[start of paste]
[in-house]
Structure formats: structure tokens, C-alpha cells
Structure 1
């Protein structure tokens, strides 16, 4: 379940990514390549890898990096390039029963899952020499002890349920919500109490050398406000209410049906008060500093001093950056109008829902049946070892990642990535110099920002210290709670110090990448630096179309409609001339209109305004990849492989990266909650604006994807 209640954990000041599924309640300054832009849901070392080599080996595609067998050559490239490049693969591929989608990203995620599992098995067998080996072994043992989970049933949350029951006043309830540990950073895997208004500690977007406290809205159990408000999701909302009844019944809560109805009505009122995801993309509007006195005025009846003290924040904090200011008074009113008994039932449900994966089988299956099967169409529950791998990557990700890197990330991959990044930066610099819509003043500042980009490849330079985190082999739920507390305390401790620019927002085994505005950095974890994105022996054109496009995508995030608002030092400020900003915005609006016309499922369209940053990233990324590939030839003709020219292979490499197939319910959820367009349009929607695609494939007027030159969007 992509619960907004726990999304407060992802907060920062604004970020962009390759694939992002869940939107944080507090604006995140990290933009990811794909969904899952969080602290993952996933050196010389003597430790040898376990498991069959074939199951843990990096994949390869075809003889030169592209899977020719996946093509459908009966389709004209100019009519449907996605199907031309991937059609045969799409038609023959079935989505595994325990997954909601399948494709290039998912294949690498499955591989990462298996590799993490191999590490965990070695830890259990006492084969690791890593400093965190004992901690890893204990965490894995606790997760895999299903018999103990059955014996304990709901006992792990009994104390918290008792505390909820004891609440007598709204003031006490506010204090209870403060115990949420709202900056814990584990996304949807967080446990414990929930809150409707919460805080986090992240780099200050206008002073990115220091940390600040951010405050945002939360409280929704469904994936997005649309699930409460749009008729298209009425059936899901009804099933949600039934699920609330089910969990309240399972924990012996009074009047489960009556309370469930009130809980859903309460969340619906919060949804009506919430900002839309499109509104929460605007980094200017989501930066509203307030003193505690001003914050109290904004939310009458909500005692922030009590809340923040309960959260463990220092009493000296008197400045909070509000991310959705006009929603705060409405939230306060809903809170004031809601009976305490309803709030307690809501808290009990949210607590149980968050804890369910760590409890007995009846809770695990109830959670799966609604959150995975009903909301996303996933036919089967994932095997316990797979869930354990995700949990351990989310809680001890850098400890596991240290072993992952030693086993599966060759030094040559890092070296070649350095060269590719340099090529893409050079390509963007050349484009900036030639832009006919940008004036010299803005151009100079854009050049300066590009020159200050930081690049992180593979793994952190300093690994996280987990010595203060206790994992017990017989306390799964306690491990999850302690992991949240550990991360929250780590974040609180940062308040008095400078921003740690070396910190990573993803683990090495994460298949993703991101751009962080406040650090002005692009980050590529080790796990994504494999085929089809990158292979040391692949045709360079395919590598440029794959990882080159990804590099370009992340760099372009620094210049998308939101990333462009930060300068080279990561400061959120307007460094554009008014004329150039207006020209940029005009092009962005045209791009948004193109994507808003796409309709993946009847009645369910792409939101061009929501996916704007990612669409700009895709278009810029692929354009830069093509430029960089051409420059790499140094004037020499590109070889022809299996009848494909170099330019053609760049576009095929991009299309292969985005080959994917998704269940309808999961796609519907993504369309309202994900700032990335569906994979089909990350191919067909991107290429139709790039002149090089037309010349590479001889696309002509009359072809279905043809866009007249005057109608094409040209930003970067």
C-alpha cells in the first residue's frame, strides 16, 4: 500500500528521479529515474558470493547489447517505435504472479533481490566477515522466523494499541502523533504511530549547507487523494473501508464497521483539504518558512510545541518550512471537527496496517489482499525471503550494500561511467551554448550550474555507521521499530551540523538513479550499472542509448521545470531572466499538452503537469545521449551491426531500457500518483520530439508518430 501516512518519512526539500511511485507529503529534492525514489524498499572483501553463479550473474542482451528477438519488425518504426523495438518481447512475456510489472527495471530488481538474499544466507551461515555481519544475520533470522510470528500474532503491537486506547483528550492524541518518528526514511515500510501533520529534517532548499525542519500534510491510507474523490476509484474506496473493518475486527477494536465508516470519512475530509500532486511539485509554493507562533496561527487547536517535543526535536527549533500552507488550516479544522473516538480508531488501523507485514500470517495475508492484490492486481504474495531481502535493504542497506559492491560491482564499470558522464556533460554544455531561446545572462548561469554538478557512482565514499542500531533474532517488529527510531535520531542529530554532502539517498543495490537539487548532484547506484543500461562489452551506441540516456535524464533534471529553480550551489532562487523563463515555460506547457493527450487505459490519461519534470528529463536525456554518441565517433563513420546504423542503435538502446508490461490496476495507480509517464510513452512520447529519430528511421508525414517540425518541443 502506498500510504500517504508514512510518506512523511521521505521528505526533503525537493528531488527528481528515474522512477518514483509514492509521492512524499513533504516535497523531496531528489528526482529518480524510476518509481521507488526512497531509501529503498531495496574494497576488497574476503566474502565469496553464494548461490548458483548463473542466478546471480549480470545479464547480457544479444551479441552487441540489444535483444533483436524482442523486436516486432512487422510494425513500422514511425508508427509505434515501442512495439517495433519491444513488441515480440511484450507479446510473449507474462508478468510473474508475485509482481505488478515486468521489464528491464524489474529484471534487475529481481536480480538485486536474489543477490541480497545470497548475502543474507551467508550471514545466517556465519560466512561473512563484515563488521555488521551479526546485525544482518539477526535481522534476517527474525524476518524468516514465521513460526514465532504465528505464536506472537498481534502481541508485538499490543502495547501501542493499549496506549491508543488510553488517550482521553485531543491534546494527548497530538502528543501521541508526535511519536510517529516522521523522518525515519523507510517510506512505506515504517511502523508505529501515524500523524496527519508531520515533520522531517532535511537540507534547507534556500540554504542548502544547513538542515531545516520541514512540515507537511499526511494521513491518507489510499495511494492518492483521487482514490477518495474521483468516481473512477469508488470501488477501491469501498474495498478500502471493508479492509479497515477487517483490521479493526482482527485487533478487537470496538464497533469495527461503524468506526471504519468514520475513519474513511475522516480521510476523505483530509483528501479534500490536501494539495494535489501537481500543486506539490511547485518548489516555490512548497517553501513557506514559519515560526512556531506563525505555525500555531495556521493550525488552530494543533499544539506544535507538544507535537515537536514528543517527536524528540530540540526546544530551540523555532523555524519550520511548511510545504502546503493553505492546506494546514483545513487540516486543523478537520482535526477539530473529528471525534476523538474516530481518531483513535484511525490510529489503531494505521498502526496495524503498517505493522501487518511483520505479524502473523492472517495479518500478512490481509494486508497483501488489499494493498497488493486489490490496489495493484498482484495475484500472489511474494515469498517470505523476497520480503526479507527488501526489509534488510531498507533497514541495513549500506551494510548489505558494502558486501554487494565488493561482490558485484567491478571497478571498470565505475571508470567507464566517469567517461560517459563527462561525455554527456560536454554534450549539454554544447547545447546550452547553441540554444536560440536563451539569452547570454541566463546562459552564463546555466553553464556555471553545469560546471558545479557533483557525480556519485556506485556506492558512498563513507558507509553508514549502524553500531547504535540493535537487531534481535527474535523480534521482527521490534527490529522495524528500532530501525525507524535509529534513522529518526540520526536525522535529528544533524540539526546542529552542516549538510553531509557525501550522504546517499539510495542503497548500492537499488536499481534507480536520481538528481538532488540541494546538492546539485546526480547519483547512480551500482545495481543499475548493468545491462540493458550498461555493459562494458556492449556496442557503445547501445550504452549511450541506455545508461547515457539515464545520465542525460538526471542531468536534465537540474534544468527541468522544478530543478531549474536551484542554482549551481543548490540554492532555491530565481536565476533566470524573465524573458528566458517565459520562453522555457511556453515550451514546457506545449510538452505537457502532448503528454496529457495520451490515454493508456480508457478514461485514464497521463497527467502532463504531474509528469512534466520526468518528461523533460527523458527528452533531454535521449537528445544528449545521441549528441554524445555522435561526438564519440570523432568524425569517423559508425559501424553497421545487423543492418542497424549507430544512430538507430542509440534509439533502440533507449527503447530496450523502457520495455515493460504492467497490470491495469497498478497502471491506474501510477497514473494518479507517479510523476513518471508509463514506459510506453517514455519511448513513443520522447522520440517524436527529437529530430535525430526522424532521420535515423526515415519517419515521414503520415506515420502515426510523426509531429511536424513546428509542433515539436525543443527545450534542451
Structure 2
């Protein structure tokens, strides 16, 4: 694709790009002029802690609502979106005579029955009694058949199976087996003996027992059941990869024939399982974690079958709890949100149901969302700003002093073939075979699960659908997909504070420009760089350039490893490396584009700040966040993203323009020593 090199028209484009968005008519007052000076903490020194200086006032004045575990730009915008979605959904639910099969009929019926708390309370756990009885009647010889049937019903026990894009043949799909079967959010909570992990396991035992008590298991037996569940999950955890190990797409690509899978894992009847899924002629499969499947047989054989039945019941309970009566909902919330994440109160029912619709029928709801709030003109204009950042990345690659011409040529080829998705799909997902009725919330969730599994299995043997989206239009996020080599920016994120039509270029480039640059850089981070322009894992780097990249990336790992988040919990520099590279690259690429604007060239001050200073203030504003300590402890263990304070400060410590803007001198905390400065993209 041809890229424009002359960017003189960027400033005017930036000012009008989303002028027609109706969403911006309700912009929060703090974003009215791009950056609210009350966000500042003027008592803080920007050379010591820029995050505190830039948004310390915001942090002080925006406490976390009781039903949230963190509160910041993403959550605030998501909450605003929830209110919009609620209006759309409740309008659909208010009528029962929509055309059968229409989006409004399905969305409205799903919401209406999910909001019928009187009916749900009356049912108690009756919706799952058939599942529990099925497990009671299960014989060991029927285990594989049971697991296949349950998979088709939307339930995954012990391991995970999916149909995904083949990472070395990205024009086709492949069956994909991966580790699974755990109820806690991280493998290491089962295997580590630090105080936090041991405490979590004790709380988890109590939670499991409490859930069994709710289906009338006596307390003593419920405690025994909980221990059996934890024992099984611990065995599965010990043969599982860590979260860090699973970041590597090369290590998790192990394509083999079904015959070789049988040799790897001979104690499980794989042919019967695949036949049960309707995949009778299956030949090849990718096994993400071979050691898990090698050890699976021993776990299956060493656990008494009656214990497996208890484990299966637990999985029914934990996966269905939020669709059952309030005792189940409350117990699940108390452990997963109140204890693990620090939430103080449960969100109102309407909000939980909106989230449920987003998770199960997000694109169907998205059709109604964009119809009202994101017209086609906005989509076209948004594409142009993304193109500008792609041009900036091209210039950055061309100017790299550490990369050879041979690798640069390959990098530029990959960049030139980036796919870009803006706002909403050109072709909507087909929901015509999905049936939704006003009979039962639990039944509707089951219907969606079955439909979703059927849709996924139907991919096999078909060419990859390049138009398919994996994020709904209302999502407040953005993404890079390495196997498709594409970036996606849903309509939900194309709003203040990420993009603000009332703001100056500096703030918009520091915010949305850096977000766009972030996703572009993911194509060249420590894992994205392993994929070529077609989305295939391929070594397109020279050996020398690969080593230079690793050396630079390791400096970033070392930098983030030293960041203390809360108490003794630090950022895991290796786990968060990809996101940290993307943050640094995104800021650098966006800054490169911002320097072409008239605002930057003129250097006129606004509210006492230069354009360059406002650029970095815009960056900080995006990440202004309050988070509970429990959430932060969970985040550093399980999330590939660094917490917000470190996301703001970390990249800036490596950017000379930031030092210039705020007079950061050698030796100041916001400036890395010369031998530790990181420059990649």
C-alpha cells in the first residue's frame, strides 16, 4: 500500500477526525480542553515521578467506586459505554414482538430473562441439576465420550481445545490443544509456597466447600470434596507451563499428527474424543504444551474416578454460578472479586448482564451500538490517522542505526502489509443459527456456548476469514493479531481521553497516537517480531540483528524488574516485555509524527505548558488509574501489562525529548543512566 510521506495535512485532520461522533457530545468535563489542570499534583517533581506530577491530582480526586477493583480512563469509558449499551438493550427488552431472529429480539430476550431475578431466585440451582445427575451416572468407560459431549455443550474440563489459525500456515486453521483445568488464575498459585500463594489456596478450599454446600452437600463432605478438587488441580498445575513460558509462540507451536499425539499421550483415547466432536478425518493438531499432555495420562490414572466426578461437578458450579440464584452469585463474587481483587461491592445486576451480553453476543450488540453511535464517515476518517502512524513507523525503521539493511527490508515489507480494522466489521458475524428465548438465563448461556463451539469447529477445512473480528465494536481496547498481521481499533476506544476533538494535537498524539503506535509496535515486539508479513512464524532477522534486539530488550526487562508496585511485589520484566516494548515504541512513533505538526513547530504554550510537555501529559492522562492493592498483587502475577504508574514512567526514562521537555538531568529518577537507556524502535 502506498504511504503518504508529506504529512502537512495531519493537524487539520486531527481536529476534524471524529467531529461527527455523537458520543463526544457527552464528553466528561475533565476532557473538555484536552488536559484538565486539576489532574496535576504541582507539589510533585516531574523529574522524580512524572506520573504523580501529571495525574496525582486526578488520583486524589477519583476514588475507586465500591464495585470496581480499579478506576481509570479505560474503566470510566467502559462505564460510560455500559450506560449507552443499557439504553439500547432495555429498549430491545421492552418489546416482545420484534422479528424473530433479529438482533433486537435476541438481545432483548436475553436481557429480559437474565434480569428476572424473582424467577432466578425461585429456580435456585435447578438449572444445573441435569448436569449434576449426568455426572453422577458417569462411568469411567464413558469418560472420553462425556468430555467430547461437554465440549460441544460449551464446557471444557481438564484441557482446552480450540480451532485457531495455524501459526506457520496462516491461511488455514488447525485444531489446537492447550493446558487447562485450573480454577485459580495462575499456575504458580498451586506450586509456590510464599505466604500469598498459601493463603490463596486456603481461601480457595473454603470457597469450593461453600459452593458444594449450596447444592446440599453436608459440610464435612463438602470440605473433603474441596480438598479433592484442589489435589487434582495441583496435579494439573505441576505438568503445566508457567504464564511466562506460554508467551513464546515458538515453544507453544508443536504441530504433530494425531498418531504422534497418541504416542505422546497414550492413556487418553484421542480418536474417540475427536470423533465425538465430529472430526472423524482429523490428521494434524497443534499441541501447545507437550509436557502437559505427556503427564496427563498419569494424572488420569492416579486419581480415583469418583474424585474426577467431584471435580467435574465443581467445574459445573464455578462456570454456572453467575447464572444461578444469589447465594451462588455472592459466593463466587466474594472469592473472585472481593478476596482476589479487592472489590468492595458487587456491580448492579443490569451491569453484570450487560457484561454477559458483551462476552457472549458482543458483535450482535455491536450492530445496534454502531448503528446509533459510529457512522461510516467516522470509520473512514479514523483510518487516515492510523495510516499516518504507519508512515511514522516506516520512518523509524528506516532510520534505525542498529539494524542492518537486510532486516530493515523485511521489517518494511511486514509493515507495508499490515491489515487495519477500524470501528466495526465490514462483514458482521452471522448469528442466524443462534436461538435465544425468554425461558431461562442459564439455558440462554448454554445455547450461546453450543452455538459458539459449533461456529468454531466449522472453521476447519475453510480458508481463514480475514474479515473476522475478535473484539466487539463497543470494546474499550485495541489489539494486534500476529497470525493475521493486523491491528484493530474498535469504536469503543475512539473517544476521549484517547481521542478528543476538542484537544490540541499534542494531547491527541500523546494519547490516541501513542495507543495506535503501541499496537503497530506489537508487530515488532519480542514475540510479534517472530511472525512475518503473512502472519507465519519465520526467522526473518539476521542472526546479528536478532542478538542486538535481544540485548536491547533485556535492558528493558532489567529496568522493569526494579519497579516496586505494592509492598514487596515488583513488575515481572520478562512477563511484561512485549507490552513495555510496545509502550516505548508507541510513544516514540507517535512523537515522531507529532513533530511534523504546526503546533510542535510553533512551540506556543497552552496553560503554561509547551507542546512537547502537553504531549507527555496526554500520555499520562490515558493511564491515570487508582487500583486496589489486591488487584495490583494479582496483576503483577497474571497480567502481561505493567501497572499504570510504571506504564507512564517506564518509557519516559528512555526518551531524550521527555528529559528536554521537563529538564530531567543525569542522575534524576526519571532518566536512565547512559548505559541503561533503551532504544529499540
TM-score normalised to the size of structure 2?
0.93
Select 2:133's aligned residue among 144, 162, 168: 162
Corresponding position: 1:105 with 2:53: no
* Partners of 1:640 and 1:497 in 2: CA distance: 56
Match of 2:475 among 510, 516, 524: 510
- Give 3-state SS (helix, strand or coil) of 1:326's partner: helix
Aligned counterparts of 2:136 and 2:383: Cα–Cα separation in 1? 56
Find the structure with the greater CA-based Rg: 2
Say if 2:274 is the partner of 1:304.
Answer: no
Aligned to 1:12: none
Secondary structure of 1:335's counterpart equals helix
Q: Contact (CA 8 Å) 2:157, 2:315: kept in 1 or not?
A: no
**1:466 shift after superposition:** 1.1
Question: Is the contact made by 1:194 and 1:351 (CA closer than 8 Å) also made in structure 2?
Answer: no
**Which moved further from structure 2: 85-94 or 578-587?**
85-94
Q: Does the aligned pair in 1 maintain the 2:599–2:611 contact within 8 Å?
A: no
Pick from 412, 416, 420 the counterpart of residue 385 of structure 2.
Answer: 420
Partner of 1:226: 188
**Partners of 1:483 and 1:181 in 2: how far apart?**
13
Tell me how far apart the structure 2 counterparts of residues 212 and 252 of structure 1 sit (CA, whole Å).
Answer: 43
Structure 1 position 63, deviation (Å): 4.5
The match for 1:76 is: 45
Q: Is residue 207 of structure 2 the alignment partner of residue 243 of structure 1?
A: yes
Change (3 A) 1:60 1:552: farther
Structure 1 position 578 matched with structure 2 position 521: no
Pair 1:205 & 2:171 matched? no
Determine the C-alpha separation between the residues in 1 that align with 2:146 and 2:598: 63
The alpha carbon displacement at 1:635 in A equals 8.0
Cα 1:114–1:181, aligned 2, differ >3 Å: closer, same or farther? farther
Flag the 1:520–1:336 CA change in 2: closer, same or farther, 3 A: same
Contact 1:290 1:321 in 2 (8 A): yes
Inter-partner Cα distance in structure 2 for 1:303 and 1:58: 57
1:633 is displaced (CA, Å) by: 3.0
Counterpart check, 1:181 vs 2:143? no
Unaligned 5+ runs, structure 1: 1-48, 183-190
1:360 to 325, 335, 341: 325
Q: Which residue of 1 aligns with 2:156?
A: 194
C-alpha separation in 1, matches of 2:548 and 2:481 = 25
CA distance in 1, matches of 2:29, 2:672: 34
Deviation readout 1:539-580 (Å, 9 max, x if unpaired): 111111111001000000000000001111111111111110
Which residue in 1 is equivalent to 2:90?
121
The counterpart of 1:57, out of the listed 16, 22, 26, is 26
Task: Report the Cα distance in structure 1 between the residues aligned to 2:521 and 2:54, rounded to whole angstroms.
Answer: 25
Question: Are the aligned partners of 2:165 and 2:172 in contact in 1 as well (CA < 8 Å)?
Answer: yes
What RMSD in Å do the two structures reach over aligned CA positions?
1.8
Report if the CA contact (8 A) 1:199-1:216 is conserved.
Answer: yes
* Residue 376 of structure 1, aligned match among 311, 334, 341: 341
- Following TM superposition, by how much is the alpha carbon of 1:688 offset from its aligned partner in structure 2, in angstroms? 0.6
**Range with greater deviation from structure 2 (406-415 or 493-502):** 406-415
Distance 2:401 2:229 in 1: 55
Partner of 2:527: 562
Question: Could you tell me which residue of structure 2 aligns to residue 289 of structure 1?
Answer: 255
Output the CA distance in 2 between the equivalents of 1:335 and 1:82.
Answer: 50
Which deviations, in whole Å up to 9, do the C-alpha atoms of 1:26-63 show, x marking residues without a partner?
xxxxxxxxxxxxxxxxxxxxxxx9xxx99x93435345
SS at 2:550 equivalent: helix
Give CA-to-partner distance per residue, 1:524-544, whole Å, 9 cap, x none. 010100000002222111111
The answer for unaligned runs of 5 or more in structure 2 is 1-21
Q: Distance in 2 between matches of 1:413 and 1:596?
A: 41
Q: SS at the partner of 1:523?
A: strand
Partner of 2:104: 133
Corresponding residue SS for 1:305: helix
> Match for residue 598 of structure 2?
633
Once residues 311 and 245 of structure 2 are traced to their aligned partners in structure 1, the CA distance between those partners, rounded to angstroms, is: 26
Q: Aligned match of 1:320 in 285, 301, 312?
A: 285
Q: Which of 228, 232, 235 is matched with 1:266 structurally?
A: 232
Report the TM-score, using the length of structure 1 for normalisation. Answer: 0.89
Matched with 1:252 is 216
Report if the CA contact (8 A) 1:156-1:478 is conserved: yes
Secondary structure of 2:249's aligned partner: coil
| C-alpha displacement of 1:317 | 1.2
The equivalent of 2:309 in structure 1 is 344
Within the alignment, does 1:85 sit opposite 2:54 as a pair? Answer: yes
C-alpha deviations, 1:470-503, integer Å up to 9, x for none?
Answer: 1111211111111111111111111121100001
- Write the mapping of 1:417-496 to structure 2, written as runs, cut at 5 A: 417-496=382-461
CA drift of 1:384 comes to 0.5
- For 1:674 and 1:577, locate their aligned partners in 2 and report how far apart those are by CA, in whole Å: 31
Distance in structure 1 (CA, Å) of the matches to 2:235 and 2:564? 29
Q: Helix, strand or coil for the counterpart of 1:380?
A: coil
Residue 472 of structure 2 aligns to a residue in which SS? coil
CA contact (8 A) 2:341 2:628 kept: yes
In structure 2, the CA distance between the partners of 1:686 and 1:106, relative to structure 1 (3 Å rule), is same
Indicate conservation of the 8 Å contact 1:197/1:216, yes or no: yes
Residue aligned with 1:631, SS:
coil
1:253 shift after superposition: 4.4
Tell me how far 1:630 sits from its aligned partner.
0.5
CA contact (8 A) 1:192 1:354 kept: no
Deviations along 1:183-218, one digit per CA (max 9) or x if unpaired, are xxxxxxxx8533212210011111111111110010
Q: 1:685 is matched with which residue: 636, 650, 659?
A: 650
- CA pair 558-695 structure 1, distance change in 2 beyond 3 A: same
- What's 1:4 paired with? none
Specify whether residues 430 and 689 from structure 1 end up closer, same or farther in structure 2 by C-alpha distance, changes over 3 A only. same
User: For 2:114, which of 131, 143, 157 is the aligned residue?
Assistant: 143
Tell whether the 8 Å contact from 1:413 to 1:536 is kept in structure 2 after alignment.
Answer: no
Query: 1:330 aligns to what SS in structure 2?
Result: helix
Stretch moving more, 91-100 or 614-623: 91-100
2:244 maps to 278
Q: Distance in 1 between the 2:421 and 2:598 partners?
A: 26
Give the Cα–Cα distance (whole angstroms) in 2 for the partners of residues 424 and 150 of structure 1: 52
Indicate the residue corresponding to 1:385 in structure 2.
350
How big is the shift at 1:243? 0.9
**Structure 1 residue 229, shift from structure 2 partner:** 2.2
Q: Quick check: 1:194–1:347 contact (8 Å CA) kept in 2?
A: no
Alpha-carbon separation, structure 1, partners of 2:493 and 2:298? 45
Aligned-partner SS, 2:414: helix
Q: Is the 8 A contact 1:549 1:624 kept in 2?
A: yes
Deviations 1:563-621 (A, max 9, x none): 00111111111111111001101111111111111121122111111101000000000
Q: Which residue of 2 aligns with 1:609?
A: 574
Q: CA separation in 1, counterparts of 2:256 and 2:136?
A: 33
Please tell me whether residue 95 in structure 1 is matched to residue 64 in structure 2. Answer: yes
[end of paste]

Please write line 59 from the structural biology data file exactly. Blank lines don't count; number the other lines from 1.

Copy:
Deviation readout 1:539-580 (Å, 9 max, x if unpaired): 111111111001000000000000001111111111111110